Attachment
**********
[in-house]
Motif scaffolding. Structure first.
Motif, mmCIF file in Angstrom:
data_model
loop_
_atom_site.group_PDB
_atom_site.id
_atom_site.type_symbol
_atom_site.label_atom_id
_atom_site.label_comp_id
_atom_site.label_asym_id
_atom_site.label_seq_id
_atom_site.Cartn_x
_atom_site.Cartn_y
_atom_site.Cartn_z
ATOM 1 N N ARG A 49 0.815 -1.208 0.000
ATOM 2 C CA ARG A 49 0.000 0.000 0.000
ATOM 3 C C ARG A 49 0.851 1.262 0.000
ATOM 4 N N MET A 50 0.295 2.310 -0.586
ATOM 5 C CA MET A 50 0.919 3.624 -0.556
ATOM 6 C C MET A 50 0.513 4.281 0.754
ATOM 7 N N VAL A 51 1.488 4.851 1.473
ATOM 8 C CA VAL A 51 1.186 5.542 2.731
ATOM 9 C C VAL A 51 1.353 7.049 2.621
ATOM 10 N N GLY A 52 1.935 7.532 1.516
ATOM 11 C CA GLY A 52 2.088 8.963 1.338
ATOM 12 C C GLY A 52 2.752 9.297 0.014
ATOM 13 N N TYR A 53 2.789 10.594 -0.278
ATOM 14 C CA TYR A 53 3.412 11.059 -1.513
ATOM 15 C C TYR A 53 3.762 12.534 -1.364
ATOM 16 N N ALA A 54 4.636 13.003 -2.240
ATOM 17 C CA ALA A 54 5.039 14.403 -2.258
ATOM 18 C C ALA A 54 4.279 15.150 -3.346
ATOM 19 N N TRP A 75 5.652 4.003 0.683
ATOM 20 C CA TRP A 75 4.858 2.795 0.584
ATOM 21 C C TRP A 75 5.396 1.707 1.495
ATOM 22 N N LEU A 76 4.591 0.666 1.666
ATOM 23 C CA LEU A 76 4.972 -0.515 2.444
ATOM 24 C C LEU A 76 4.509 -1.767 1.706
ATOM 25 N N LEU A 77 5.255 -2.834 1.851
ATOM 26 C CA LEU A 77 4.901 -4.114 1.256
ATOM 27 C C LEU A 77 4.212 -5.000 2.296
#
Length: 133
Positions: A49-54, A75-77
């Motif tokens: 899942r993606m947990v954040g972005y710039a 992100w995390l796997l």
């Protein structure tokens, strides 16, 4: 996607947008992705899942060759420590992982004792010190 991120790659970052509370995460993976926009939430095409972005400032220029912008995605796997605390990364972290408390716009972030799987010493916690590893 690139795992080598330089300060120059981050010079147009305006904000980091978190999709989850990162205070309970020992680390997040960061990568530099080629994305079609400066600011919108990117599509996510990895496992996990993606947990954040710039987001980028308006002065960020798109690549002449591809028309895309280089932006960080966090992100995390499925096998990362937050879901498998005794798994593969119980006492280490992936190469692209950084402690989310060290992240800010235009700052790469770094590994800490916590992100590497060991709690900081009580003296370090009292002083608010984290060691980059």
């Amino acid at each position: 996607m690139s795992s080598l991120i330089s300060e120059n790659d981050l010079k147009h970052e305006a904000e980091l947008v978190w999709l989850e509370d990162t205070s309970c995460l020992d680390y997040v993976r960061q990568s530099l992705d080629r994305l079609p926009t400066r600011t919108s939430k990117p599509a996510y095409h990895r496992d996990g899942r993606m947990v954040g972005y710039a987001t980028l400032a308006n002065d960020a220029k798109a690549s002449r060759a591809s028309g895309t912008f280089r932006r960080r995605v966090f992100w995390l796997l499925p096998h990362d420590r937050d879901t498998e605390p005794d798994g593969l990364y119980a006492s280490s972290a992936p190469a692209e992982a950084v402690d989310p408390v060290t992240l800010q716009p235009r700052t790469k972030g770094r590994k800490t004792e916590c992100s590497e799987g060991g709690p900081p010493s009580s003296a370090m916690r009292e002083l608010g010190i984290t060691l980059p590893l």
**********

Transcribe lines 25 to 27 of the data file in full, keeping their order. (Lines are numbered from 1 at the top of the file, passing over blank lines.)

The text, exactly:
ATOM 10 N N GLY A 52 1.935 7.532 1.516
ATOM 11 C CA GLY A 52 2.088 8.963 1.338
ATOM 12 C C GLY A 52 2.752 9.297 0.014